Randy Stoffel, Plaintiff-appellant, v. Robert Brown; D. Dyke; John Jabe; D. Straub; Jerryhaufbaure; R. Atkins; C.o. Parkinson,defendants-appellees, 947 F.2d 946 (6th Cir. 1991)

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U.S. Court of Appeals for the Sixth Circuit - 947 F.2d 946 (6th Cir. 1991)

Nov. 4, 1991


Before MERRITT, Chief Judge, ALAN E. NORRIS, Circuit Judge, and GODBOLD, Senior Circuit Judge.* 

PER CURIAM.


Randy Stoffel, a Michigan state prisoner, appeals the decision of the district court to grant summary judgment to the remaining defendants in this action. Stoffel alleges in his complaint, filed pursuant to 42 U.S.C. § 1983, that the deliberate indifference of the defendants1  deprived him of his Eighth Amendment right to be free from cruel and unusual punishment. Because we conclude that appellant failed to present a genuine issue of material fact sufficient for him to withstand summary judgment, we affirm the decision of the district court.

The events that gave rise to this action can be summarized briefly. After a series of disciplinary infractions, Stoffel was reclassified from a "medium" to a "close" security prisoner. As a result of this reclassification, he was transferred to the State Prison of Southern Michigan on Friday, December 18, 1987. Upon arrival, Stoffel was placed in the maximum security unit, known as 4-Block.

In his complaint, Stoffel alleges that he became aware that 4-Block housed homosexual predators. On December 18th and 19th, he claims to have requested a transfer to a segregated unit where he would be protected from sexual overtures. In addition, he allegedly reported the theft of personal property to prison personnel on December 19th. Despite his requests for protection, Stoffel asserts that he was raped by fellow inmate Robert Gordon on the morning of December 20, 1987.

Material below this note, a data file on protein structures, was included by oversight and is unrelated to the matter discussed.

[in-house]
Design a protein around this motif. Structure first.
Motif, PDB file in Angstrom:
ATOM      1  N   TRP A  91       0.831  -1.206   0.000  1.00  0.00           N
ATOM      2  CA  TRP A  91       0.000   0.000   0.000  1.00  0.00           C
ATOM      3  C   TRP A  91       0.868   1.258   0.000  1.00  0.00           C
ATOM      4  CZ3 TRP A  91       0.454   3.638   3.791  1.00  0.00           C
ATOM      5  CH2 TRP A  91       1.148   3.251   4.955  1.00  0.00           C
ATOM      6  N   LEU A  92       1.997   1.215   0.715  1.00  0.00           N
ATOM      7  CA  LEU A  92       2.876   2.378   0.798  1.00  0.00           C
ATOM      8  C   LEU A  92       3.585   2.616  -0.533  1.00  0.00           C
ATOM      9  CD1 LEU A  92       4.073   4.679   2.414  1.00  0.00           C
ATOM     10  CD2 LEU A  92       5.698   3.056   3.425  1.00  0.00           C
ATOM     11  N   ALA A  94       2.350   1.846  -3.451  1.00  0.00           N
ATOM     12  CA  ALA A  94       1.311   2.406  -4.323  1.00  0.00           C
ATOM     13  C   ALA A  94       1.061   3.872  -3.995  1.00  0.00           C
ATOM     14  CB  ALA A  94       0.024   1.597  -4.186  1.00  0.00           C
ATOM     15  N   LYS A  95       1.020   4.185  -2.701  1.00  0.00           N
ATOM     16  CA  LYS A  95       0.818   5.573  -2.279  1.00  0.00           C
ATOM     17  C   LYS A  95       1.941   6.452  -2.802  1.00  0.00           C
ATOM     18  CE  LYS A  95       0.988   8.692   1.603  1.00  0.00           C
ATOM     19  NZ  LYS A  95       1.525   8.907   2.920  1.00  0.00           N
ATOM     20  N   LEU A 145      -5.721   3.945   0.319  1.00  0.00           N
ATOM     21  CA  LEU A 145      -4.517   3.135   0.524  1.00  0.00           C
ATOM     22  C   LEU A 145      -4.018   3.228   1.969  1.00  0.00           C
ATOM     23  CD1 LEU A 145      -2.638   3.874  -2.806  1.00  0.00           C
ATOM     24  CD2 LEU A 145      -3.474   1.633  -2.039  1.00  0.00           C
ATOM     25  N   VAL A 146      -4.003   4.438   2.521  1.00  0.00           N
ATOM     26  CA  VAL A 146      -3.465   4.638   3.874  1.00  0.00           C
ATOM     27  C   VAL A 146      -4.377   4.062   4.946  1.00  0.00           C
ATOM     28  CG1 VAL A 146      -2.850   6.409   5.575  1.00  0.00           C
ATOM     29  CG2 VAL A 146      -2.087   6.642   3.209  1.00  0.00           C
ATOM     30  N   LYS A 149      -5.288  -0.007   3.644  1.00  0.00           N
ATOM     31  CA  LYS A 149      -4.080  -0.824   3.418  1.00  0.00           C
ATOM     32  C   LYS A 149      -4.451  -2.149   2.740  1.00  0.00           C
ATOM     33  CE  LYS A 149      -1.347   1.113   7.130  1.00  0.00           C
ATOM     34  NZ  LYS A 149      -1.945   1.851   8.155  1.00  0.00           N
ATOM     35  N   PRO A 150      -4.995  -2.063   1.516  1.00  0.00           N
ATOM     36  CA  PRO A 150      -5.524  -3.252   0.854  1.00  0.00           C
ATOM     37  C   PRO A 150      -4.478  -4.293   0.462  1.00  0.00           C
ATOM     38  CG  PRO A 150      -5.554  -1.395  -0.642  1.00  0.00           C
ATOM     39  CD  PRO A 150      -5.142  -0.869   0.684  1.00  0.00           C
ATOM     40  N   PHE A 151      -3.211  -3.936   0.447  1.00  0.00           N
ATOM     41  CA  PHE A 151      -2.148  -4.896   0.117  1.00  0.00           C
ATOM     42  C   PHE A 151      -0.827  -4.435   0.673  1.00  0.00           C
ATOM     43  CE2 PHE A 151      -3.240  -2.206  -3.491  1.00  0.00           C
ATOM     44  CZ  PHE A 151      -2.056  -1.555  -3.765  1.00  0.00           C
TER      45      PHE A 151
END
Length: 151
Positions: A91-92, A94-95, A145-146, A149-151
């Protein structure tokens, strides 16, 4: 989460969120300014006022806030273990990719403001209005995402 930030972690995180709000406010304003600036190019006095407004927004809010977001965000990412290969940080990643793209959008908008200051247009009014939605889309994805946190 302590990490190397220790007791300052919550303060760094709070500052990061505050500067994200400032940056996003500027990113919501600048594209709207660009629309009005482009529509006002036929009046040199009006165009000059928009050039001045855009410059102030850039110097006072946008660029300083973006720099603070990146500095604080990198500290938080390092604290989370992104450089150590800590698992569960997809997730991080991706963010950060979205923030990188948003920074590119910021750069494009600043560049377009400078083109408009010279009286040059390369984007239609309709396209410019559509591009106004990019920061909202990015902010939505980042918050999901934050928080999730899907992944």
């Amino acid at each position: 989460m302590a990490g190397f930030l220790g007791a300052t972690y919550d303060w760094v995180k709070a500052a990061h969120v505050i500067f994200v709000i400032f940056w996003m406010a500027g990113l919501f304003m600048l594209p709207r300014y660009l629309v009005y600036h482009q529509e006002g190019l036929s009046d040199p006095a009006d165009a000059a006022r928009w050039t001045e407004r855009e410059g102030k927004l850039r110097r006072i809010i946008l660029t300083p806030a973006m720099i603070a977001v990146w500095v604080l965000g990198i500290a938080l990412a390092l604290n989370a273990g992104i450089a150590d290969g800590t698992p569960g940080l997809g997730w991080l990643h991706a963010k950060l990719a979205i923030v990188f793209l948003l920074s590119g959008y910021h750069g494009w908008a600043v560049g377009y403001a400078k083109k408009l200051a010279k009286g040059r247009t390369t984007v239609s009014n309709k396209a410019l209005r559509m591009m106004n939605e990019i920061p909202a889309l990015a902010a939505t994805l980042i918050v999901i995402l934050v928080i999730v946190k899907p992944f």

In order to sustain a section 1983 action, a plaintiff must establish that the defendant personally participated in the alleged constitutional deprivation. Section 1983 liability will not be imposed solely on the basis of respondeat superior. Bellamy v. Bradley, 729 F.2d 416, 421 (6th Cir. 1984). To withstand summary judgment in this case, therefore, Stoffel must produce some evidence of the defendants' personal involvement in the events that gave rise to his Eighth Amendment claim.

Appellant has not met this burden. He did not identify the individuals to whom he allegedly reported his fears in either the complaint or through discovery. While Stoffel's affidavit mentions defendant Parkinson, it merely states that affiant told Parkinson of the rape after it occurred; there is nothing to indicate that Parkinson was aware of a dangerous situation prior to that time.

By contrast, each defendant has submitted an affidavit denying that he had any knowledge that would have led him to conclude that Stoffel should be placed in protective segregation.

Thus, appellant has failed to put in issue a material fact essential to his claim: the personal involvement of the defendants. As the Supreme Court has noted, " [T]he plain language of Rule 56(c) mandates the entry of summary judgment ... against a party who fails to make a showing sufficient to establish the existence of an element essential to that party's case, and on which that party will bear the burden of proof at trial." Celotex Corp. v. Catrett, 477 U.S. 317, 322 (1986).

For the foregoing reasons, the judgment of the district court is AFFIRMED.

 *

The Honorable John C. Godbold, Senior Circuit Judge for the Eleventh Circuit Court of Appeals, sitting by designation

 1

The defendants were all employees of the Michigan Department of Corrections at the time that this cause of action accrued. Of the seven original defendants, only Parkinson, Straub, and Atkins are party to this appeal. The remaining defendants have previously been dismissed from the lawsuit